Gordon Growth Model model implies that the firm’s cash flows will continue to increase at a slower pace, come down to earth, and increase at a rate equal to or lower than the economy in which the company works. This rate is known as the **steady growth rate**. The fact that the business may continue to develop steadily indefinitely or in perpetuity enables us to calculate the terminal value of the cash flows that will flow beyond that time. Companies may use such cash flows to buy more assets and boost their growth as they operate into the future.

## How to calculate the terminal value with different methods?

Now you know three different models for calculating terminal value, but how do you use them to compute? Let’s discuss the formulas below.

### Perpetuity growth model

The terminal value is determined using the perpetual growth model, which is as follows –

**Terminal value**= (Free Cash Flow x (1 + G)) / (WACC – G)

Here:

Free Cash Flow is for the last twelve months.

WACC is the Weighted Average Cost of Capital.

G is the perpetual growth rate (or sustainable growth rate)

The perpetual growth rate is often equal to the inflation rate and nearly never higher than the pace of economic expansion. A multiple-stage terminal value may be found in its place if the growth rate changes.

### Exit value

Depending on the strategy the analyst chooses to use, the terminal value is determined. TV is determined using the exit value approach as follows –

**Terminal value**= Exit Value of Last Twelve Months x Projected Statistic

Enterprise value/EBIT or Enterprise value/EBITDA are the typical multiples employed in financial valuation and might represent the **exit value**. On the other hand, the predicted statistic is the relevant projection from the prior year.

### Gordon growth model

The formula used to calculate the terminal value using the Gordon growth model is as follows –

**Terminal Value**= Cash Flow / R – G(stable)

Here:

R is Required Rate of Return required for investing in business shares by the equity stakeholders

G is the dividend growth rate or projected annual growth rate

We must choose the appropriate discount rate for this calculation depending on whether we value the business or the equity.

We must choose the appropriate discount rate for this calculation depending on whether we value the business or the equity.

If we assign a valuation to the company, then the **model’s growth rate** and required rate of return are infinitely sustainable.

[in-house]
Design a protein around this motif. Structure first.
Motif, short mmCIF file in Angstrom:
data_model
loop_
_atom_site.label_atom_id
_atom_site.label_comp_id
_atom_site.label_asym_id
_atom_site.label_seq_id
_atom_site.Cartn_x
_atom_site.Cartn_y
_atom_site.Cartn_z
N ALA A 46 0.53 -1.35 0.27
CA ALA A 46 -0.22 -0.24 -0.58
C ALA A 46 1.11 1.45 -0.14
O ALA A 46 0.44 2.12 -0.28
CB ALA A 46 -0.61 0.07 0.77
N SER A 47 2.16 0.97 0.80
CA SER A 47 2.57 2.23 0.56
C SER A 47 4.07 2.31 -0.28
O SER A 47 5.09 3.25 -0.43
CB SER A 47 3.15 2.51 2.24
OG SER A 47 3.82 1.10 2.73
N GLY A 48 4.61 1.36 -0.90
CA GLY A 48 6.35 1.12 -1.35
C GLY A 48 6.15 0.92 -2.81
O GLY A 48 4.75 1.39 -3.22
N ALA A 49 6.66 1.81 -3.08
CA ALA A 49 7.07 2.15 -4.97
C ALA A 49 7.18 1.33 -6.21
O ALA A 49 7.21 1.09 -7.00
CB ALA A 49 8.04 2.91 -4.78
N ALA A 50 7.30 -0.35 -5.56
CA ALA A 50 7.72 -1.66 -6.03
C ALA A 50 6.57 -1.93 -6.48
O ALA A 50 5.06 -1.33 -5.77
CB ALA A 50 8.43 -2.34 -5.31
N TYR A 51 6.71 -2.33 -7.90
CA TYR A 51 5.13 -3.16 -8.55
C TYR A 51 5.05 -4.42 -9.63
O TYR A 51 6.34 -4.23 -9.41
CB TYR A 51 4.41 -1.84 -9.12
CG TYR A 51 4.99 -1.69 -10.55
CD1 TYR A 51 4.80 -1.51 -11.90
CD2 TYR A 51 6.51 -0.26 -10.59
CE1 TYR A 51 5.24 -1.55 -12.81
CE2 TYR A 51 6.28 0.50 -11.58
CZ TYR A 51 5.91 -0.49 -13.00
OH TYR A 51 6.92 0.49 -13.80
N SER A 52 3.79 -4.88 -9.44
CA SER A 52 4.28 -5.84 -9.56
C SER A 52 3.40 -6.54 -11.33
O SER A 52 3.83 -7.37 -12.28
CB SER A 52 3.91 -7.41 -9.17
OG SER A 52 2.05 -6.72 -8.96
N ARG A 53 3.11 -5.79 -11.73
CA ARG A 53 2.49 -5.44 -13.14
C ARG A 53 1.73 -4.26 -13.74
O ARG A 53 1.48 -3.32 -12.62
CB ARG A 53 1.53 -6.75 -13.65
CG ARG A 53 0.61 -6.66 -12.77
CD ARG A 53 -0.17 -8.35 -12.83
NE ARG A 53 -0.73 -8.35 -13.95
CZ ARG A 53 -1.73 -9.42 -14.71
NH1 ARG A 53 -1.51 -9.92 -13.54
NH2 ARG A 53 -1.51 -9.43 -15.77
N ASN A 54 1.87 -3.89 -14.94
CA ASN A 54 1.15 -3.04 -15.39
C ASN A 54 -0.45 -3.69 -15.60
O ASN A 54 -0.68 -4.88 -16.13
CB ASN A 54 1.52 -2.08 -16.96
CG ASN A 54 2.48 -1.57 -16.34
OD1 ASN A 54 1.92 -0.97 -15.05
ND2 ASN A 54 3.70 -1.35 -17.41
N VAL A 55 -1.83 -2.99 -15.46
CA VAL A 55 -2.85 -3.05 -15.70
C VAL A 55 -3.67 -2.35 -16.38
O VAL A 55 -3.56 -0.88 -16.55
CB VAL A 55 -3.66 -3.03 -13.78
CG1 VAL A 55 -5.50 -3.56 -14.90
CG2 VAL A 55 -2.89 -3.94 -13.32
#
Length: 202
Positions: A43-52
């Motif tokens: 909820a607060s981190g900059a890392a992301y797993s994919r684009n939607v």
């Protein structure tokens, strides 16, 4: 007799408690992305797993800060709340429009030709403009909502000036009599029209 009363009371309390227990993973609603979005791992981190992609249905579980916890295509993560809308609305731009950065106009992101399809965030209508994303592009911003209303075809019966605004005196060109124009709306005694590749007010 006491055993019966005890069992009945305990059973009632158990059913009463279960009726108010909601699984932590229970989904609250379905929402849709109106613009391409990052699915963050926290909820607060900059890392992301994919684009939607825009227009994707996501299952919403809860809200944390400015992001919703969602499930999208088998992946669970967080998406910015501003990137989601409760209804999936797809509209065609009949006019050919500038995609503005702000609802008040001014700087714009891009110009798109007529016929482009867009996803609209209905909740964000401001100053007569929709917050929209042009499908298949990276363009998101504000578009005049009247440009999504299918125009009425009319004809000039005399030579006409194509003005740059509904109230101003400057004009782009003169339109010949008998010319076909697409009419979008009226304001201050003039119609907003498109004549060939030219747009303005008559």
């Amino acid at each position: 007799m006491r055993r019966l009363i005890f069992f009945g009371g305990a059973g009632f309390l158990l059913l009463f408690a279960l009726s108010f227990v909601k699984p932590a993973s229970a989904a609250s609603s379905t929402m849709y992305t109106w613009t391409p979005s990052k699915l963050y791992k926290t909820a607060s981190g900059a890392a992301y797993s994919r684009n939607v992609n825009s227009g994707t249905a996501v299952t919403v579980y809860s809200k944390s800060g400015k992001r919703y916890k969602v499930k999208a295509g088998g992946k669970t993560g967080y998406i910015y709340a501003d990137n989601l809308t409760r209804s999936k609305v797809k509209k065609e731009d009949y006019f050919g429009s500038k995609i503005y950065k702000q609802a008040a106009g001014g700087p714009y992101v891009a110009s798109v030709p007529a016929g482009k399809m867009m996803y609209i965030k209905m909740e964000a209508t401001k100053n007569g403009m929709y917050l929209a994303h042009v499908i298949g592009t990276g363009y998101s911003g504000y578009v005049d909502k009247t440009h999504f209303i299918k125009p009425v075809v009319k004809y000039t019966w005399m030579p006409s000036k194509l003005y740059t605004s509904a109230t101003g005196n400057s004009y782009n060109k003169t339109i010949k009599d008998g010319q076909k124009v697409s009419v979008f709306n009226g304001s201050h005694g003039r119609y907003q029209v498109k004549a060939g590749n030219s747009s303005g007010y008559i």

**Terminal Value**= Cashflow to Firm /( Cost of Capital – g )

The Gordon Growth Model described above is a variation of the one you use to assess dividend-paying firms. We utilize it to determine the final worth of a running concern or business sold on the stock market.

## What is DCF in terminal value?

The Discount Cash Flow (DCF) approach is predicated on the idea that the value of an asset equals the sum of all its potential future cash flows. At a **discount rate** that reflects the expense of capital, like the interest rate, such cash flows should be reduced to their current value.

The forecast period and the terminal value are the two main elements that make up a **Discounted Cash Flow** / **DCF model**. Because this is a realistic time to make specific predictions, the forecast term for a standard firm is normally 3-5 years (although it may be considerably longer in other kinds of enterprises, such as oil and natural gas or mining).

The DCF terminal value enters the picture at that point since everything beyond that turns into truly just a guessing game. A large amount of a **company’s overall worth** in a DCF model is represented by terminal value, which is the value of all future cash flows that will occur beyond the projection period. This implies that a business’s worth may be significantly impacted by the assumptions made regarding its final value.

Perpetual Growth DCF Terminal Value and Exit Multiple DCF Terminal Value are two ways to calculate DCF Terminal Value. Let’s discuss how to calculate with these methods below.

## How to calculate

The DCF terminal value calculation has two different approaches, perpetual growth and exit multiple. **Let’s see how to calculate**.

### Perpetual Growth DCF Terminal Value

The perpetual growth DCF terminal value is determined using the following formula –

**TV**= (FCFn x (1 + g)) / (WACC – g)

Here:

TV is the terminal value

FCF is the free cash flow

n is the year number of the terminal period or final year

g is the perpetual growth rate of Free cash flow

WACC is the weighted average cost of capital

### Exit Multiple DCF Terminal Value

The exit multiple terminal values are determined using the following formula –

**TV**= Financial Metric (such as EBITDA) x Trading Multiple (such as 10x)

## Restraints on terminal value

As was already established, the perpetual growth model is constrained by the challenge of forecasting an exact growth rate. Furthermore, the equation’s assumptions might introduce errors that affect the computed DCF terminal value. On the other hand, the dynamic character of multiples limits the **exit of multiple techniques** since they alter with time.

All in all, before using one of the two ways, meticulous planning must be done. But to **get an acceptable valuation result** for both techniques, it’s crucial to use a variety of relevant rates and multiples.